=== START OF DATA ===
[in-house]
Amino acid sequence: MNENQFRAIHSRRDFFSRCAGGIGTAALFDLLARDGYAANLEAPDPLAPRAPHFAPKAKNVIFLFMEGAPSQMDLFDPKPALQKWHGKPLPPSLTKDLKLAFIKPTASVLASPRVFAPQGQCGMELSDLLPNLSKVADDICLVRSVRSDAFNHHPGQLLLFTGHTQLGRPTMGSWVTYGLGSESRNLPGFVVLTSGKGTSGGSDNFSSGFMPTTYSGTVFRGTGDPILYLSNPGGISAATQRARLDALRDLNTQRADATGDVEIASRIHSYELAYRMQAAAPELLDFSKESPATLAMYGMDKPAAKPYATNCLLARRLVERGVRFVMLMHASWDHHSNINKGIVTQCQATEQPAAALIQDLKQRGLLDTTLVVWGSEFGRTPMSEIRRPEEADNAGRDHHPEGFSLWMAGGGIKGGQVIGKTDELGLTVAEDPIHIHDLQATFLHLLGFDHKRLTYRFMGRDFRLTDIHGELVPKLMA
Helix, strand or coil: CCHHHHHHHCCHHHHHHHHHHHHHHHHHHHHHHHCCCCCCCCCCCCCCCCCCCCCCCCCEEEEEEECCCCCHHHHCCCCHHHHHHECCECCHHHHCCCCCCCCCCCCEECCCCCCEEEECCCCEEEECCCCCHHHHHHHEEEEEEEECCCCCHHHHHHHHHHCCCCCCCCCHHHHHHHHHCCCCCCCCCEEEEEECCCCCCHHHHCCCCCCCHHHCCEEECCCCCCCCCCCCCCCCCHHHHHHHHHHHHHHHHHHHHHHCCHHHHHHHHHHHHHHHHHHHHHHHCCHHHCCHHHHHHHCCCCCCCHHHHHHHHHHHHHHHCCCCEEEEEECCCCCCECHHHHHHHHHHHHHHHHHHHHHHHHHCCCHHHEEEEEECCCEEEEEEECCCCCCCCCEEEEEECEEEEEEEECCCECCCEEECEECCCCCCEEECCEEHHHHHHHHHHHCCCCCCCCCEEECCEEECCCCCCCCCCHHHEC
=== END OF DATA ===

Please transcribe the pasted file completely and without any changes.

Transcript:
[in-house]
Amino acid sequence: MNENQFRAIHSRRDFFSRCAGGIGTAALFDLLARDGYAANLEAPDPLAPRAPHFAPKAKNVIFLFMEGAPSQMDLFDPKPALQKWHGKPLPPSLTKDLKLAFIKPTASVLASPRVFAPQGQCGMELSDLLPNLSKVADDICLVRSVRSDAFNHHPGQLLLFTGHTQLGRPTMGSWVTYGLGSESRNLPGFVVLTSGKGTSGGSDNFSSGFMPTTYSGTVFRGTGDPILYLSNPGGISAATQRARLDALRDLNTQRADATGDVEIASRIHSYELAYRMQAAAPELLDFSKESPATLAMYGMDKPAAKPYATNCLLARRLVERGVRFVMLMHASWDHHSNINKGIVTQCQATEQPAAALIQDLKQRGLLDTTLVVWGSEFGRTPMSEIRRPEEADNAGRDHHPEGFSLWMAGGGIKGGQVIGKTDELGLTVAEDPIHIHDLQATFLHLLGFDHKRLTYRFMGRDFRLTDIHGELVPKLMA
Helix, strand or coil: CCHHHHHHHCCHHHHHHHHHHHHHHHHHHHHHHHCCCCCCCCCCCCCCCCCCCCCCCCCEEEEEEECCCCCHHHHCCCCHHHHHHECCECCHHHHCCCCCCCCCCCCEECCCCCCEEEECCCCEEEECCCCCHHHHHHHEEEEEEEECCCCCHHHHHHHHHHCCCCCCCCCHHHHHHHHHCCCCCCCCCEEEEEECCCCCCHHHHCCCCCCCHHHCCEEECCCCCCCCCCCCCCCCCHHHHHHHHHHHHHHHHHHHHHHCCHHHHHHHHHHHHHHHHHHHHHHHCCHHHCCHHHHHHHCCCCCCCHHHHHHHHHHHHHHHCCCCEEEEEECCCCCCECHHHHHHHHHHHHHHHHHHHHHHHHHCCCHHHEEEEEECCCEEEEEEECCCCCCCCCEEEEEECEEEEEEEECCCECCCEEECEECCCCCCEEECCEEHHHHHHHHHHHCCCCCCCCCEEECCEEECCCCCCCCCCHHHEC